Scott Freidheim, a veteran European buyout investor (Investcorp), brand rebuilder (Sears' Kenmore, Craftsman and Diehard) and merger-and-crisis dealmaker (Lehman Bros.), has agreed to move with his family from London to Philadelphia to run CDI Corp., the $1.1 billion (yearly sales) engineering solutions and placement firm. Statement here.
Mike Emmi, the former SCT Corp. CEO who served on CDI's three-director search committee, explains the choice: "We met with 30 candidates for the position. A wide range of backgrounds, from very strong young entrepreneurial people, to operators of businesses similar to CDI. But no one quite like Scott."
CDI is in the people business. It ran the five finalists through layers of background checks, psychological screeing and testing, made them write 12-page essays. Emmi says CDI, aided by recruiter Gayle Mattson, weighed two possible CEO models: a strong operating manager who could boost profitability; or a turnaround-and-acquisition star. Freidheim, 49, was both, Emmi says.
Freidheim's status as Lehman Bros.'s chief administrative officer during the firm's 2008 collapse raised obvious questions: If this guy's so smart, how come his bank blew up? Emmi grabbed his big due diligence flashlight, and found Freidheim in the fatal fall of 2008 "worked 24/7 for a couple of months with regulators and Washington and the other management. It was a deeply troubled time. He was at the eye of the storm. Other executives were selling stock. He never sold a share. Some of the others went into U.S. Bankruptcy Court and claimed Lehman stock was compensation, they should get paid. Scott said 'No, it was to align us with shareholders, and if they took a bath we should too.' I thought that said a lot about his character. He did not quit. He showed a great set of values."
What about Freidheim's years with Sears, which has seen better times? "What he did at Sears was remarkable," says Emmi. Recruited by his former Lehman client, Sears controlling investor Eddie Lampert, Freidheim was charged with reviving the huge but ailing Kenmore appliance, Craftsman tool and Diehard battery lines. Emmi credits Freidheim with "taking Kenmore from third in the industry to first" by negotiating better supplier and product development deals. The lines reversed a sales drop. To Emmi, Freidheim "leveraged Sears' strength -- volume -- and really changed the world."
Freidheim resisted my pegging him as an investment banker-gone-to-industry. "For seven years out of Northwestern I was an investment banker," but most of his Lehman career put him squarely in strategy, administration and other executive posts, "looking at the universe of resources across products, industry groups and geographic regions," as Lehman grew from a U.S. bond house into a global investment bank.
For Lehman's ensuing collapse, Freidheim blames, not shaky products or undercapitalization, but the global financial crisis of 2008, and says there was growth even in failure: "You were dealing with so many issues so quickly that you learned a lot. About business, and about yourself, how you handle various situations."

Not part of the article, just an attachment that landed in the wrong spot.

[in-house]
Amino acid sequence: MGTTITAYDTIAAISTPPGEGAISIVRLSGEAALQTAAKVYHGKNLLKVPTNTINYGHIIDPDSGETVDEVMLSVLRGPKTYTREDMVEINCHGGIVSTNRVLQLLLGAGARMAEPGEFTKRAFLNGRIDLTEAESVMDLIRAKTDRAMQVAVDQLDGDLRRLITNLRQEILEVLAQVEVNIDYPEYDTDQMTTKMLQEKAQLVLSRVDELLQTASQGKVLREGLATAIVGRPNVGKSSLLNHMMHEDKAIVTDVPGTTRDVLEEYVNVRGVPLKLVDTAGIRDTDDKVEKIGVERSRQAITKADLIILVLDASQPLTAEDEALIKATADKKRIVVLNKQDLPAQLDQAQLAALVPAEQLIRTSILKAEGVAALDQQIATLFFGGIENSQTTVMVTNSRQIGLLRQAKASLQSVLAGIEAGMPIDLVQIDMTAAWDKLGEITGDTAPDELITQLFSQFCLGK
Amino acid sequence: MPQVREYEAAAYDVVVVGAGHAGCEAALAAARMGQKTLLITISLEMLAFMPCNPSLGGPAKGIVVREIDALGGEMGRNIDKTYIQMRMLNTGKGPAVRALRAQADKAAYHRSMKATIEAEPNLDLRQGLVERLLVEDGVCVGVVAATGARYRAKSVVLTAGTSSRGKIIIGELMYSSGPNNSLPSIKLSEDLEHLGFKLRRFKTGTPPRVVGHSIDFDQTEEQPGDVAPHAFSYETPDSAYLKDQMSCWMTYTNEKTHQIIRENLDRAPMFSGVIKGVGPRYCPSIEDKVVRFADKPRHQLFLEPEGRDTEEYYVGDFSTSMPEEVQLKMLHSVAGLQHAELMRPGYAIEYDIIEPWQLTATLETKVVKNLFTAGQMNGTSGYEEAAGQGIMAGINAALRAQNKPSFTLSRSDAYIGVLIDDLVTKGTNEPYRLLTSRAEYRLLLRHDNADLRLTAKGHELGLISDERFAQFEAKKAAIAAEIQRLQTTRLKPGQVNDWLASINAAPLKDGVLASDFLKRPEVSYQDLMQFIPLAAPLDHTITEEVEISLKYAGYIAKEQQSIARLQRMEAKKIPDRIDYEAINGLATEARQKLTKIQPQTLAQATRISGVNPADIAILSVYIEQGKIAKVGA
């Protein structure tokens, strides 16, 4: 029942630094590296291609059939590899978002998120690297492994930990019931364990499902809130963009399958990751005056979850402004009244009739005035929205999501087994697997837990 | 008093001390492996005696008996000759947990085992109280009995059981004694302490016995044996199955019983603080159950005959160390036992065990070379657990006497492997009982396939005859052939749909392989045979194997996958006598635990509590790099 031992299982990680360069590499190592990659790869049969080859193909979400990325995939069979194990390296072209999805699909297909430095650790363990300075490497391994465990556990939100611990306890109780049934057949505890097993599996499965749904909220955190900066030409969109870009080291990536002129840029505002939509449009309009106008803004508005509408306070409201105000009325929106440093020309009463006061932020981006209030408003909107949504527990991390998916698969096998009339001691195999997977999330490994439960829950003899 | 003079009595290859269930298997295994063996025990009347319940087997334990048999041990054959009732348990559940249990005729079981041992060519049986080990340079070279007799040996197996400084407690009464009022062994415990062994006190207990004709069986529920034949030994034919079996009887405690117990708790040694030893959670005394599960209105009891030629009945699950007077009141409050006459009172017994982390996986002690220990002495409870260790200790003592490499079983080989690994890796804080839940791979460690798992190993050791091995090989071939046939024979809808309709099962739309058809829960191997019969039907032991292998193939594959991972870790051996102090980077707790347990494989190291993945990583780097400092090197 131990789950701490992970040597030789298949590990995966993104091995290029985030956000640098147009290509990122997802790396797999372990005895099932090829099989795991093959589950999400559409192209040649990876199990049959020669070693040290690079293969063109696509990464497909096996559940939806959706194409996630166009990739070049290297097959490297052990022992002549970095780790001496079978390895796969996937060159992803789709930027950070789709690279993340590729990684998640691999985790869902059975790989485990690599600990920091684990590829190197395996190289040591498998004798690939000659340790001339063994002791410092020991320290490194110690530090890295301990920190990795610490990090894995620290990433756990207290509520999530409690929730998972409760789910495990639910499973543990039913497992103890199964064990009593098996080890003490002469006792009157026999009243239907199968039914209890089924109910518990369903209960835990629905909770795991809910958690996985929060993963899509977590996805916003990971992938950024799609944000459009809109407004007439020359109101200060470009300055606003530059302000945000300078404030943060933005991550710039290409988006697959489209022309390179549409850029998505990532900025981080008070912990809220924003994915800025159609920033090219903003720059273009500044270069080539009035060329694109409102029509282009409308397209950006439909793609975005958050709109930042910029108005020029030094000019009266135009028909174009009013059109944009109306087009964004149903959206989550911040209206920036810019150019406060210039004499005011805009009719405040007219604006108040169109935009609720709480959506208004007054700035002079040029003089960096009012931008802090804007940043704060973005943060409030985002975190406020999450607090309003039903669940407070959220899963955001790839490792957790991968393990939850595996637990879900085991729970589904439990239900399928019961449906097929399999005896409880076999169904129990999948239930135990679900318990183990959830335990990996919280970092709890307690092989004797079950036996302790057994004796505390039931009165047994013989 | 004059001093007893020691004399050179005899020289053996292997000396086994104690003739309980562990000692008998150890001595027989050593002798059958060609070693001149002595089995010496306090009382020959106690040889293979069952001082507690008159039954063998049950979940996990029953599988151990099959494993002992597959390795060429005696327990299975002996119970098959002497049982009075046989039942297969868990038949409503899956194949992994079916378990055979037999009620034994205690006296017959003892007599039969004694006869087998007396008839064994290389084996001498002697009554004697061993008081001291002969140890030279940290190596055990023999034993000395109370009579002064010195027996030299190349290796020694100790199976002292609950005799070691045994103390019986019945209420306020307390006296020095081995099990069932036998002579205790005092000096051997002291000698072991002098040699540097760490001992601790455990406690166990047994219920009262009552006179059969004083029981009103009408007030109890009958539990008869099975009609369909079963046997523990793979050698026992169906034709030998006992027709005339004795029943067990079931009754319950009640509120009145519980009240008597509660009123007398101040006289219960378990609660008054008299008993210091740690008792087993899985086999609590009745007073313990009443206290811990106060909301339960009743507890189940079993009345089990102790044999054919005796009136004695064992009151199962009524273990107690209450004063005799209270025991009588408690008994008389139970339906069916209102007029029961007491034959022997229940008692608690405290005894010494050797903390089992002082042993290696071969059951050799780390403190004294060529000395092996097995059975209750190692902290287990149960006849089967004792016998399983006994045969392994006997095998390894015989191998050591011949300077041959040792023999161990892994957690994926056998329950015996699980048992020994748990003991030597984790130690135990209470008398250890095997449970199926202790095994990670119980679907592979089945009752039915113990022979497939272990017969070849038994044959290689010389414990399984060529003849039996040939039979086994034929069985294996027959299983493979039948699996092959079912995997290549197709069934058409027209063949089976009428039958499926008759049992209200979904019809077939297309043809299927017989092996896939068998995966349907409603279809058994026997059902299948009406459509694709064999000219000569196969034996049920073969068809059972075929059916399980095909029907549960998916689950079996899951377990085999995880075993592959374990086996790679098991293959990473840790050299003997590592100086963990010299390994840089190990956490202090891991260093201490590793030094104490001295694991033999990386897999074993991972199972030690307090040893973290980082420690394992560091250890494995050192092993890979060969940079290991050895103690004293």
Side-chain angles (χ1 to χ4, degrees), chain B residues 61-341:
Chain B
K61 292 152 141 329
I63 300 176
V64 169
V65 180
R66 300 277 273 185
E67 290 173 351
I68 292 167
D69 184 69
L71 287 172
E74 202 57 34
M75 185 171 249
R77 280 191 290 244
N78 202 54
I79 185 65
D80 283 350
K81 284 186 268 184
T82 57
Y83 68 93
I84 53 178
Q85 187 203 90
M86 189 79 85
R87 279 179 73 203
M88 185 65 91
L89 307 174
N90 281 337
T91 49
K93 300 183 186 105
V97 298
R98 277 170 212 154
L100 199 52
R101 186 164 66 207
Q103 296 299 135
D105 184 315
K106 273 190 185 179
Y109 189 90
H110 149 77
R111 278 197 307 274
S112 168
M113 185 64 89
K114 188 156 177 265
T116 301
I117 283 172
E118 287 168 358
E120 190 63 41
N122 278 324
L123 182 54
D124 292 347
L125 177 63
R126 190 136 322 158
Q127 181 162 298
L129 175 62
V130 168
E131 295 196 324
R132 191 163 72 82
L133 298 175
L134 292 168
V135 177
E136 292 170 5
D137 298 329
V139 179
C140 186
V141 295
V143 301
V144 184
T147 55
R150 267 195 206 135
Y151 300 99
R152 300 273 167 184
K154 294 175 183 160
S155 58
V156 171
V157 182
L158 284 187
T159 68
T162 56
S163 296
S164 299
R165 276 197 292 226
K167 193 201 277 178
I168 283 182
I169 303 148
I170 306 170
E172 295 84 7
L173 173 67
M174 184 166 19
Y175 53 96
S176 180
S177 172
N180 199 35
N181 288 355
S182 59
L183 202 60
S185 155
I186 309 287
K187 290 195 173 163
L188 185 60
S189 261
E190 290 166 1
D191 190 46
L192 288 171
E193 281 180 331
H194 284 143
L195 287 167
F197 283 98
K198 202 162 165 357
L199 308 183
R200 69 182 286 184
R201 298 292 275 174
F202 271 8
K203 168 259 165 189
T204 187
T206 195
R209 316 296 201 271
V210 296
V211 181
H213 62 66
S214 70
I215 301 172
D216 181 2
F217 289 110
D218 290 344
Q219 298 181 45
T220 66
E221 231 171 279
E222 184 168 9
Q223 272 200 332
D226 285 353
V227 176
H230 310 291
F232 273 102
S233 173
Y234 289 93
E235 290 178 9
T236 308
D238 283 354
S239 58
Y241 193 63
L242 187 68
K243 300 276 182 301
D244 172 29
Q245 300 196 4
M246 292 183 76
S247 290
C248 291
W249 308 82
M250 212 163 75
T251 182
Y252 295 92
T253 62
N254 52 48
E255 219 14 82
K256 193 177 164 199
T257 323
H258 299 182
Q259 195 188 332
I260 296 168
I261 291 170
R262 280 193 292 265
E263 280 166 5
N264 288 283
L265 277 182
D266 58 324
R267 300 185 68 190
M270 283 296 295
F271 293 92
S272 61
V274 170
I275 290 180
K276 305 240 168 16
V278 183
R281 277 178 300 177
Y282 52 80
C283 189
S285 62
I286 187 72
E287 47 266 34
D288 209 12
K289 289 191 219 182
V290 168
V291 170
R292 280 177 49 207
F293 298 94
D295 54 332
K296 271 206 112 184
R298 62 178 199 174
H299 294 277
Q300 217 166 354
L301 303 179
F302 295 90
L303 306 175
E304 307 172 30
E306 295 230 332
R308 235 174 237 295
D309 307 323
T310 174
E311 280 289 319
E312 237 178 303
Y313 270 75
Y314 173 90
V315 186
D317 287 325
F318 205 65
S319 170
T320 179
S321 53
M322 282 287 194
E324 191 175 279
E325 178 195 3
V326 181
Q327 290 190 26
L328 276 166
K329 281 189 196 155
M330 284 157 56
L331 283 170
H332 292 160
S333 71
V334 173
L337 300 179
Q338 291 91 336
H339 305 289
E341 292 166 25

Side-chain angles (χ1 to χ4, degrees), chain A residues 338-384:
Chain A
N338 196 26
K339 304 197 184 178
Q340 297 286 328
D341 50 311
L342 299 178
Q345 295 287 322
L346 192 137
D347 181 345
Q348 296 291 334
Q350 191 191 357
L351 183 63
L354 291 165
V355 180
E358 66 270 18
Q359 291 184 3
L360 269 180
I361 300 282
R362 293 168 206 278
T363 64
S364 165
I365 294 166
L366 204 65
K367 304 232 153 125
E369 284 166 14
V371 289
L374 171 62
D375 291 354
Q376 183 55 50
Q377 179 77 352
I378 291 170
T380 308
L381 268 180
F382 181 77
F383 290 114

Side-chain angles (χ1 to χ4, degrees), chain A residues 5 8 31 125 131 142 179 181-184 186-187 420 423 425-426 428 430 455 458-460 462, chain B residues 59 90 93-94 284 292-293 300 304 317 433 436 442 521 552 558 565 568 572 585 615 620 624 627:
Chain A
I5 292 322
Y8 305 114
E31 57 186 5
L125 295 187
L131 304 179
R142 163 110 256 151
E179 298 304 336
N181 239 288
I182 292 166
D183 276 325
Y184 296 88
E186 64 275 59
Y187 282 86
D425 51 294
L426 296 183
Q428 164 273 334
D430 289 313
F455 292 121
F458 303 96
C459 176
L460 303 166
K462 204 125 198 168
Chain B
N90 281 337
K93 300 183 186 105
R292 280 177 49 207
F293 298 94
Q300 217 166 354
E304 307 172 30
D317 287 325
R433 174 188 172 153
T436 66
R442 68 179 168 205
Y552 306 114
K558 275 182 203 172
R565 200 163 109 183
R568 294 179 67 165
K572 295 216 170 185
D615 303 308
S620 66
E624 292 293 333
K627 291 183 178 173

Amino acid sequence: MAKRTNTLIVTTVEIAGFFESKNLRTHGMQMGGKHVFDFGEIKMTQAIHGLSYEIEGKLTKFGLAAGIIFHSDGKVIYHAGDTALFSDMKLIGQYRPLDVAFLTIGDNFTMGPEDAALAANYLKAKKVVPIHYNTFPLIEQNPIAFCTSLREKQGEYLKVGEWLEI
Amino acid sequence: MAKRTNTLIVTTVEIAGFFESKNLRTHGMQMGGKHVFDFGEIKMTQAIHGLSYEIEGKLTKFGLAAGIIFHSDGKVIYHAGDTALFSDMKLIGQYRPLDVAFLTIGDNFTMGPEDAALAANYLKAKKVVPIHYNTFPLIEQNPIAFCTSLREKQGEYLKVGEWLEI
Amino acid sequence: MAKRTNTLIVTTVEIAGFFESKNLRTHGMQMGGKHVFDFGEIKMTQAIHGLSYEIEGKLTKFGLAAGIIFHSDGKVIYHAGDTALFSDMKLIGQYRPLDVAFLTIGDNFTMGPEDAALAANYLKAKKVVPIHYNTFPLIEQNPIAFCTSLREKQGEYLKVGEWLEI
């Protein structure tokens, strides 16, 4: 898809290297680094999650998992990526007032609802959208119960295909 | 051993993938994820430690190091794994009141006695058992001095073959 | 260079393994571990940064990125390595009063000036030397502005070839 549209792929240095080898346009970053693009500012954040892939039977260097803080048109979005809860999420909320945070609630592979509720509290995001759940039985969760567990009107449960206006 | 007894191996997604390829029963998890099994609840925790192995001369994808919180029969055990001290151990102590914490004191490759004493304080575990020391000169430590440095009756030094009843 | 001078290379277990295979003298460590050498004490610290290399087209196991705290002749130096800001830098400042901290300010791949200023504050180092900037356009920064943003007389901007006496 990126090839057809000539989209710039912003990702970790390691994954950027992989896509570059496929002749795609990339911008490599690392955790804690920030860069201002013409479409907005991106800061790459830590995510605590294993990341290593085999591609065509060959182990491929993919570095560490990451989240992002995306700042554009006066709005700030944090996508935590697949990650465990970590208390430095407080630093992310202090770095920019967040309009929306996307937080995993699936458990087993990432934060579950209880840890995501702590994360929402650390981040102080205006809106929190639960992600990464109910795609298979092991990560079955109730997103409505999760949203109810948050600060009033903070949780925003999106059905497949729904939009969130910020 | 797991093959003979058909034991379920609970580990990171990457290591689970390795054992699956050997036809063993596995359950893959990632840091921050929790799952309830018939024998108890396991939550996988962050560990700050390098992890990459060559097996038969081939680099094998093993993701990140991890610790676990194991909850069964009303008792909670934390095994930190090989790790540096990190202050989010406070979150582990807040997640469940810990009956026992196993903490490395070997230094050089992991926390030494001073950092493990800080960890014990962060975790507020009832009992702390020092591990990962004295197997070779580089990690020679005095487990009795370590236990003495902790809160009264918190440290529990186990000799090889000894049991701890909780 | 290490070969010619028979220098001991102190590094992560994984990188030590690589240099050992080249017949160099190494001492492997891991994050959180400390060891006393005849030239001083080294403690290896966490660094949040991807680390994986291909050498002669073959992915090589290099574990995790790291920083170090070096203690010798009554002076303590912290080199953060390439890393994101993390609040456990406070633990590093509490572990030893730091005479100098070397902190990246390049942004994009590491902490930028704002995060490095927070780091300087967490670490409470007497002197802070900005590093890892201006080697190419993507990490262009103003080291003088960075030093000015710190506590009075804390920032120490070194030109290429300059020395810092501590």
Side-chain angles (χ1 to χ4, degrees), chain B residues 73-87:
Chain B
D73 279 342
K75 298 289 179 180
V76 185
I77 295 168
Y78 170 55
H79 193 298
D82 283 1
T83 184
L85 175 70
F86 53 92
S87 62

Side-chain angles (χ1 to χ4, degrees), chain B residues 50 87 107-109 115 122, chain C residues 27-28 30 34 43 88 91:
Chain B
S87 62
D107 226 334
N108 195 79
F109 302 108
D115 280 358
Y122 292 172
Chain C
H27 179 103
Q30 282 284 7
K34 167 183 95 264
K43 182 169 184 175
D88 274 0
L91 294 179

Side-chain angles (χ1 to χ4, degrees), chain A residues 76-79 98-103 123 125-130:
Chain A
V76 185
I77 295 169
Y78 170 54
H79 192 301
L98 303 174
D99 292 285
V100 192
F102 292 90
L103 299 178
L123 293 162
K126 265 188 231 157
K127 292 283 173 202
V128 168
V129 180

His work at Sears was all about "assessing the environment, the competitive landscape, assets, points of leverage, coming up with the most attractive business model and strategy. Then getting everyone on the team to understand where we're going, how to get there. Making sure everyone has a fulfilling career in the process." He told the manufacturers Sears was terminating them (as their contracts allowed), then negotiated new deals with GE, Whirlpool, Samsung and others based on their new product ideas. "We improved in Consumer Reports."
I mentioned the ex-Lehman bond salesman who sold me a Sears oven in 2009 -- a good oven, though I had to help install it -- and my school friend the career Sears furnace sales supervisor who quit the company in disgust, he said, of rising quotas and falling benefits. "Once people start winning, it's a very exciting time," he said.
After Sears he joined Investcorp, a multinational private-equity buyout firm that invests Gulf states' Arab money in Western companies, best known for its 1980s buyouts of luxury brands Gucci, Tiffany, Saks Fifth Ave. He was recruited by a founder, at the Davos World Economic Forum, to head a Europe-focused group. With Freidheim's bond background he smelled opportunity in the way investors were indiscriminately deserting Irish and Spanish bonds without distinguishing between government and private debt. He did five deals in two years. (Revised)
But he missed running a company, heading a eam. "CDI sounds incredibly compelling," Freidheim told me. "They have a 60-year history as an innovator with core strenghts in project management for oil, gas and chemicals, aerospace and industrial equipment, infrastructure and government services" He is the fifth CEO in the company's history. The lagging share price and profits over the past 10 years belie "a history of deserving quality service and solutions. In private equity, we used leveraging operating assets is a way to create shareholder value. CDI's clients last decades; that's valuable. Then you can say, 'Let's chart a path that's exciting, that will get us there." Acquisitions are part of the job description, Emmi says.
He's ready to move from London to Philadelphia? "I've lived in Detroit, Chicago, New York, Sao Paolo, Paris. My wife is French. Philadelphia has everything you want: storied history, world class cultural institutions, world class universities, sports. Isabelle and our boys are really excited about being here." Scott Freidheim, a veteran European buyout investor (Investcorp), brand rebuilder (Sears' Kenmore, Craftsman and Diehard) and merger-and-crisis dealmaker (Lehman Bros.), has agreed to move with his family from London to Philadelphia to run CDI Corp., the $1.1 billion (yearly sales) engineering solutions and placement firm. Statement here.